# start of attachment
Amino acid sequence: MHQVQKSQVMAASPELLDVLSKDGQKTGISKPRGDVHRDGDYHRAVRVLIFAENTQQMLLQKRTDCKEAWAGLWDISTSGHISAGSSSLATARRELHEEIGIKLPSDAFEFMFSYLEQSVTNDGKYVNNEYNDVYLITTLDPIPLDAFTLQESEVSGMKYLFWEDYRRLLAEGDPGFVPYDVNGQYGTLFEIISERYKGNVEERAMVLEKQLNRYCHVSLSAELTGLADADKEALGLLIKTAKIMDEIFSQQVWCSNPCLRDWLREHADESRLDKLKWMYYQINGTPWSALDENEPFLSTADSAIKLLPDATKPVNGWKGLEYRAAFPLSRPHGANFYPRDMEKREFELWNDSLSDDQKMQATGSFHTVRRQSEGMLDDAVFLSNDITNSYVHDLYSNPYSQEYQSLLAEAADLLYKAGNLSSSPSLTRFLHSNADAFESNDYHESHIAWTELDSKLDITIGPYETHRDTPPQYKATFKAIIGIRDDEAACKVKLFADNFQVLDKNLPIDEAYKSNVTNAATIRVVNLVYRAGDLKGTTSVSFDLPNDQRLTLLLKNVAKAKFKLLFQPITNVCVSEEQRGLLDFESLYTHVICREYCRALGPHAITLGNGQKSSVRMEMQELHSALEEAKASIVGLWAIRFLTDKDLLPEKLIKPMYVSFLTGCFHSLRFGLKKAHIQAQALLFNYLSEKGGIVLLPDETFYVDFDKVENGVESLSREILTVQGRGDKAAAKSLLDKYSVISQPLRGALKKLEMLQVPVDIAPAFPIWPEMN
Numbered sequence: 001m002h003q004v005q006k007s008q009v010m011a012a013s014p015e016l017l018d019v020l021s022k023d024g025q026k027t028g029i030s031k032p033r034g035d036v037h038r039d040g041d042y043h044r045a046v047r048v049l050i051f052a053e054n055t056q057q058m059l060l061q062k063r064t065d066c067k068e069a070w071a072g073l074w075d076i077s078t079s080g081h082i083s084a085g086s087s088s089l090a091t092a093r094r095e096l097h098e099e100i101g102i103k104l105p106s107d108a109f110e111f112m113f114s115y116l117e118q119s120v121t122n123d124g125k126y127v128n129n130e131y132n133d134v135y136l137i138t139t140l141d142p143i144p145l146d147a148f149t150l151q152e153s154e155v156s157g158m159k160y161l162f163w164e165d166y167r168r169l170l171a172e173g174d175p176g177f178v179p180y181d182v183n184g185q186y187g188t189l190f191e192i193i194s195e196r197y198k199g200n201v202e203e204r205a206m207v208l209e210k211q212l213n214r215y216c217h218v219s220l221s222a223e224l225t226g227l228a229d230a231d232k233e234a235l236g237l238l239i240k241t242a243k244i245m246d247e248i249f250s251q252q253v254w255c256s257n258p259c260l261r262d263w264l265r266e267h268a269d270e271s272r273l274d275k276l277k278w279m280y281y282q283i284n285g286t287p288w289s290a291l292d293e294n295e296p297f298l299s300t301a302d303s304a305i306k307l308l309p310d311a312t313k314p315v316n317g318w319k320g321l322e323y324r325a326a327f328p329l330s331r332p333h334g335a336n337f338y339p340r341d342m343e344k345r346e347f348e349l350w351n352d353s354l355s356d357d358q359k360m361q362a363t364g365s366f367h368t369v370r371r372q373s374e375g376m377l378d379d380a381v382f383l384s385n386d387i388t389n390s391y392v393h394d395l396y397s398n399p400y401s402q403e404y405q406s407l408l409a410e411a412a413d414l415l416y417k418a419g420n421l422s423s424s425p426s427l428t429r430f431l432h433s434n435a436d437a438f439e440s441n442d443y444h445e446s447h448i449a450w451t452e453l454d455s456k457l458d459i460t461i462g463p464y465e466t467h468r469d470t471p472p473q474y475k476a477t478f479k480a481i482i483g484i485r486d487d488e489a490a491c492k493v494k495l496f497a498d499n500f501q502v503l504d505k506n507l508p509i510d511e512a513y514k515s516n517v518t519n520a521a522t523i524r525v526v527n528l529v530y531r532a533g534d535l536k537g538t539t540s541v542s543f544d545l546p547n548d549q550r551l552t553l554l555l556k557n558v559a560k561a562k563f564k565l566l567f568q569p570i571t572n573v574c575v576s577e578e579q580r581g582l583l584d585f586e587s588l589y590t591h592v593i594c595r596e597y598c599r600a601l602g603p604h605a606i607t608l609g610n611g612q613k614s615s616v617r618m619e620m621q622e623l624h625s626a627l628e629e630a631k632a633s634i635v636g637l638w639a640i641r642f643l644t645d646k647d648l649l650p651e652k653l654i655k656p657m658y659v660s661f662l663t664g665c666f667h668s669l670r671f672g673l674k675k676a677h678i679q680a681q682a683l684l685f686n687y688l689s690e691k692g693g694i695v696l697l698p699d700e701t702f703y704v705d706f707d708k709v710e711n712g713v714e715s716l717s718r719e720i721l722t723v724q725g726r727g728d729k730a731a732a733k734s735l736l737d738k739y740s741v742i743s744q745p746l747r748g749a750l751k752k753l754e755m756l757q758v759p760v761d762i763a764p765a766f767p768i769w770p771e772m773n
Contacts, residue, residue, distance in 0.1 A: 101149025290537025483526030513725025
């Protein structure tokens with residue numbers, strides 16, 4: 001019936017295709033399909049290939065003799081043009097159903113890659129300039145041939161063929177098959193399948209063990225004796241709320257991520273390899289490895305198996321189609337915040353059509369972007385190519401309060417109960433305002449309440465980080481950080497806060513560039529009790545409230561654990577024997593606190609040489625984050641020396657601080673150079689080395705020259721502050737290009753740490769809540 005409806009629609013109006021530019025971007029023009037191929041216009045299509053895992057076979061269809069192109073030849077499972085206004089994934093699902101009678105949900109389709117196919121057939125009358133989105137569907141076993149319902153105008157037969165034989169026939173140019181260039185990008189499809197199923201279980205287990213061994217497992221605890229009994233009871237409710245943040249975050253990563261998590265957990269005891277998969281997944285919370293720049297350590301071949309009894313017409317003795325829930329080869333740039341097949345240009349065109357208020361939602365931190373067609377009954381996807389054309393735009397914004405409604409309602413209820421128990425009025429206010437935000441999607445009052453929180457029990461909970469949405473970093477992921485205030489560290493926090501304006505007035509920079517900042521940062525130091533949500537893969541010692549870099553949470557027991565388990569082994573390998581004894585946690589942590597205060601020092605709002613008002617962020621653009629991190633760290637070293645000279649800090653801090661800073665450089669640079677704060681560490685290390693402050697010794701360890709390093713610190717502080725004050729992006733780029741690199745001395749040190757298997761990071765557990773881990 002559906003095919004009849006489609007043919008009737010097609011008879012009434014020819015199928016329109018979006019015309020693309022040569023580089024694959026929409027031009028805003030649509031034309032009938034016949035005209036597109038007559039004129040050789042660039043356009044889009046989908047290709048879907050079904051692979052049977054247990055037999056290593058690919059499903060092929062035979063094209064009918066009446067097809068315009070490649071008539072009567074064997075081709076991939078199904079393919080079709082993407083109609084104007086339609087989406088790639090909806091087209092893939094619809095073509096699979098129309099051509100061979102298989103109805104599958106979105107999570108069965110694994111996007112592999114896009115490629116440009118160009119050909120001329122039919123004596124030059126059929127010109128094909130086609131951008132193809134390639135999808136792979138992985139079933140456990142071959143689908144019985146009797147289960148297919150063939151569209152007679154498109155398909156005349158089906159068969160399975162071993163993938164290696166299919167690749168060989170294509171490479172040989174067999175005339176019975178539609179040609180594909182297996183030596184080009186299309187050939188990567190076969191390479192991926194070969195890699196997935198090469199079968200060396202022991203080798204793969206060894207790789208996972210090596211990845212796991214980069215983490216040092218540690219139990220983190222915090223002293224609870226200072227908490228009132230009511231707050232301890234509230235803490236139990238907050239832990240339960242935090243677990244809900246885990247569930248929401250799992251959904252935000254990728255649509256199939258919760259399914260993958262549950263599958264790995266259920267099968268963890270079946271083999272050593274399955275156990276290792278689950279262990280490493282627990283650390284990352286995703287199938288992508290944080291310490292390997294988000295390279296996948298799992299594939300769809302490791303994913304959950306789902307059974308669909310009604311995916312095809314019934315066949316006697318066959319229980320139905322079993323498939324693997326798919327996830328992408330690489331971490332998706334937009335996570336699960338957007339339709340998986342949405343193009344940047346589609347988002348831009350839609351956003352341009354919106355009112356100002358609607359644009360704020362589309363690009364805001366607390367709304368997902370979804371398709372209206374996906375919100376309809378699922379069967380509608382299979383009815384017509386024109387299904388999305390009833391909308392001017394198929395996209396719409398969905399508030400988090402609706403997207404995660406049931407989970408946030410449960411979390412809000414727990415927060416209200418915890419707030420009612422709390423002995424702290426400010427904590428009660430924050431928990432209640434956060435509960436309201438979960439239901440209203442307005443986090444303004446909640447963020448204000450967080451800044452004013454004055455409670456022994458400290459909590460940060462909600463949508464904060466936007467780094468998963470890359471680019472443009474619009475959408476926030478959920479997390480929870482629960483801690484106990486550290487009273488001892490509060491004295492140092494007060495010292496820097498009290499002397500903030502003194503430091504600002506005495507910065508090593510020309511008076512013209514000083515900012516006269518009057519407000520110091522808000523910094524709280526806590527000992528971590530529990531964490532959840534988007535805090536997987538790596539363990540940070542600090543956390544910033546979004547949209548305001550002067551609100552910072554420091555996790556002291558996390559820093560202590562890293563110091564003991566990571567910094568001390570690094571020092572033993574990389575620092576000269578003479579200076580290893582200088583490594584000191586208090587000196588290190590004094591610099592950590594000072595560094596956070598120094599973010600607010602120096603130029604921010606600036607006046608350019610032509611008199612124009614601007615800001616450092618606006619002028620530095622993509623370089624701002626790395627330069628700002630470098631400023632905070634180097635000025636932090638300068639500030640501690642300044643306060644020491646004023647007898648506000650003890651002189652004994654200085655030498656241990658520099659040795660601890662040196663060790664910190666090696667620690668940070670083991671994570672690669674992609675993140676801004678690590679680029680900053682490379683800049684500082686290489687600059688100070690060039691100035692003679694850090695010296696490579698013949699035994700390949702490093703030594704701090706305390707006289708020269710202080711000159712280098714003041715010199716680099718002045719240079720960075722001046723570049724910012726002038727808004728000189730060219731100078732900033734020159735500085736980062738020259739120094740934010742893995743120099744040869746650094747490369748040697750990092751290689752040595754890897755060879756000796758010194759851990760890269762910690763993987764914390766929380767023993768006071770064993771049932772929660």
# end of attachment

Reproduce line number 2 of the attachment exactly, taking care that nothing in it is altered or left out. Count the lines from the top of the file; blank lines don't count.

Numbered sequence: 001m002h003q004v005q006k007s008q009v010m011a012a013s014p015e016l017l018d019v020l021s022k023d024g025q026k027t028g029i030s031k032p033r034g035d036v037h038r039d040g041d042y043h044r045a046v047r048v049l050i051f052a053e054n055t056q057q058m059l060l061q062k063r064t065d066c067k068e069a070w071a072g073l074w075d076i077s078t079s080g081h082i083s084a085g086s087s088s089l090a091t092a093r094r095e096l097h098e099e100i101g102i103k104l105p106s107d108a109f110e111f112m113f114s115y116l117e118q119s120v121t122n123d124g125k126y127v128n129n130e131y132n133d134v135y136l137i138t139t140l141d142p143i144p145l146d147a148f149t150l151q152e153s154e155v156s157g158m159k160y161l162f163w164e165d166y167r168r169l170l171a172e173g174d175p176g177f178v179p180y181d182v183n184g185q186y187g188t189l190f191e192i193i194s195e196r197y198k199g200n201v202e203e204r205a206m207v208l209e210k211q212l213n214r215y216c217h218v219s220l221s222a223e224l225t226g227l228a229d230a231d232k233e234a235l236g237l238l239i240k241t242a243k244i245m246d247e248i249f250s251q252q253v254w255c256s257n258p259c260l261r262d263w264l265r266e267h268a269d270e271s272r273l274d275k276l277k278w279m280y281y282q283i284n285g286t287p288w289s290a291l292d293e294n295e296p297f298l299s300t301a302d303s304a305i306k307l308l309p310d311a312t313k314p315v316n317g318w319k320g321l322e323y324r325a326a327f328p329l330s331r332p333h334g335a336n337f338y339p340r341d342m343e344k345r346e347f348e349l350w351n352d353s354l355s356d357d358q359k360m361q362a363t364g365s366f367h368t369v370r371r372q373s374e375g376m377l378d379d380a381v382f383l384s385n386d387i388t389n390s391y392v393h394d395l396y397s398n399p400y401s402q403e404y405q406s407l408l409a410e411a412a413d414l415l416y417k418a419g420n421l422s423s424s425p426s427l428t429r430f431l432h433s434n435a436d437a438f439e440s441n442d443y444h445e446s447h448i449a450w451t452e453l454d455s456k457l458d459i460t461i462g463p464y465e466t467h468r469d470t471p472p473q474y475k476a477t478f479k480a481i482i483g484i485r486d487d488e489a490a491c492k493v494k495l496f497a498d499n500f501q502v503l504d505k506n507l508p509i510d511e512a513y514k515s516n517v518t519n520a521a522t523i524r525v526v527n528l529v530y531r532a533g534d535l536k537g538t539t540s541v542s543f544d545l546p547n548d549q550r551l552t553l554l555l556k557n558v559a560k561a562k563f564k565l566l567f568q569p570i571t572n573v574c575v576s577e578e579q580r581g582l583l584d585f586e587s588l589y590t591h592v593i594c595r596e597y598c599r600a601l602g603p604h605a606i607t608l609g610n611g612q613k614s615s616v617r618m619e620m621q622e623l624h625s626a627l628e629e630a631k632a633s634i635v636g637l638w639a640i641r642f643l644t645d646k647d648l649l650p651e652k653l654i655k656p657m658y659v660s661f662l663t664g665c666f667h668s669l670r671f672g673l674k675k676a677h678i679q680a681q682a683l684l685f686n687y688l689s690e691k692g693g694i695v696l697l698p699d700e701t702f703y704v705d706f707d708k709v710e711n712g713v714e715s716l717s718r719e720i721l722t723v724q725g726r727g728d729k730a731a732a733k734s735l736l737d738k739y740s741v742i743s744q745p746l747r748g749a750l751k752k753l754e755m756l757q758v759p760v761d762i763a764p765a766f767p768i769w770p771e772m773n